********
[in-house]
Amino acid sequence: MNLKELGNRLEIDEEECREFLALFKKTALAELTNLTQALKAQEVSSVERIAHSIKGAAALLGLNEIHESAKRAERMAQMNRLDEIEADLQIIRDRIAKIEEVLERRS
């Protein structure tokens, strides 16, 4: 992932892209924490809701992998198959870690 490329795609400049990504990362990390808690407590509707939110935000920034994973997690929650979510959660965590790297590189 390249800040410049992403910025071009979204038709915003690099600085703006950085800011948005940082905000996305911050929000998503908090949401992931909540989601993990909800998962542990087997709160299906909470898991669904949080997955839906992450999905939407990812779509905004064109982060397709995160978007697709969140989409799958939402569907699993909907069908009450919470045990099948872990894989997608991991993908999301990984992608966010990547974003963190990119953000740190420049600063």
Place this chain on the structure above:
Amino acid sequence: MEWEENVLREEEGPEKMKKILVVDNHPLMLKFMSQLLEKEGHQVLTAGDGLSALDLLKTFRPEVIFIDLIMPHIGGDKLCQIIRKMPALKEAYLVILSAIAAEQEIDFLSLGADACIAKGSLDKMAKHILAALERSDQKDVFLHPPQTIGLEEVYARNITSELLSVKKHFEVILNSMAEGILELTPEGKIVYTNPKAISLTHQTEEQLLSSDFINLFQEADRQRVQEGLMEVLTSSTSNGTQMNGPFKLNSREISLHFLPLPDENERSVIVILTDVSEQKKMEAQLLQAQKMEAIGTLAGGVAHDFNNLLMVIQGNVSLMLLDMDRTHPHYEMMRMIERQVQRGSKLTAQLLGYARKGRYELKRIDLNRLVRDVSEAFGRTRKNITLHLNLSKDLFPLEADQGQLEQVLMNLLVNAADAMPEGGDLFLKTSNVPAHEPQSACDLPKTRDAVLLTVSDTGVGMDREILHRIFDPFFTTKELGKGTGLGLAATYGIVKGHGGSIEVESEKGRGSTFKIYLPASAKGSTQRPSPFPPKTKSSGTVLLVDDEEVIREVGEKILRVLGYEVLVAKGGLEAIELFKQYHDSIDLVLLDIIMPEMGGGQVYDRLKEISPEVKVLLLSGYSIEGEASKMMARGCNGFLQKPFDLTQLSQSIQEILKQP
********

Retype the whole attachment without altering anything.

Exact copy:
[in-house]
Amino acid sequence: MNLKELGNRLEIDEEECREFLALFKKTALAELTNLTQALKAQEVSSVERIAHSIKGAAALLGLNEIHESAKRAERMAQMNRLDEIEADLQIIRDRIAKIEEVLERRS
């Protein structure tokens, strides 16, 4: 992932892209924490809701992998198959870690 490329795609400049990504990362990390808690407590509707939110935000920034994973997690929650979510959660965590790297590189 390249800040410049992403910025071009979204038709915003690099600085703006950085800011948005940082905000996305911050929000998503908090949401992931909540989601993990909800998962542990087997709160299906909470898991669904949080997955839906992450999905939407990812779509905004064109982060397709995160978007697709969140989409799958939402569907699993909907069908009450919470045990099948872990894989997608991991993908999301990984992608966010990547974003963190990119953000740190420049600063």
Place this chain on the structure above:
Amino acid sequence: MEWEENVLREEEGPEKMKKILVVDNHPLMLKFMSQLLEKEGHQVLTAGDGLSALDLLKTFRPEVIFIDLIMPHIGGDKLCQIIRKMPALKEAYLVILSAIAAEQEIDFLSLGADACIAKGSLDKMAKHILAALERSDQKDVFLHPPQTIGLEEVYARNITSELLSVKKHFEVILNSMAEGILELTPEGKIVYTNPKAISLTHQTEEQLLSSDFINLFQEADRQRVQEGLMEVLTSSTSNGTQMNGPFKLNSREISLHFLPLPDENERSVIVILTDVSEQKKMEAQLLQAQKMEAIGTLAGGVAHDFNNLLMVIQGNVSLMLLDMDRTHPHYEMMRMIERQVQRGSKLTAQLLGYARKGRYELKRIDLNRLVRDVSEAFGRTRKNITLHLNLSKDLFPLEADQGQLEQVLMNLLVNAADAMPEGGDLFLKTSNVPAHEPQSACDLPKTRDAVLLTVSDTGVGMDREILHRIFDPFFTTKELGKGTGLGLAATYGIVKGHGGSIEVESEKGRGSTFKIYLPASAKGSTQRPSPFPPKTKSSGTVLLVDDEEVIREVGEKILRVLGYEVLVAKGGLEAIELFKQYHDSIDLVLLDIIMPEMGGGQVYDRLKEISPEVKVLLLSGYSIEGEASKMMARGCNGFLQKPFDLTQLSQSIQEILKQP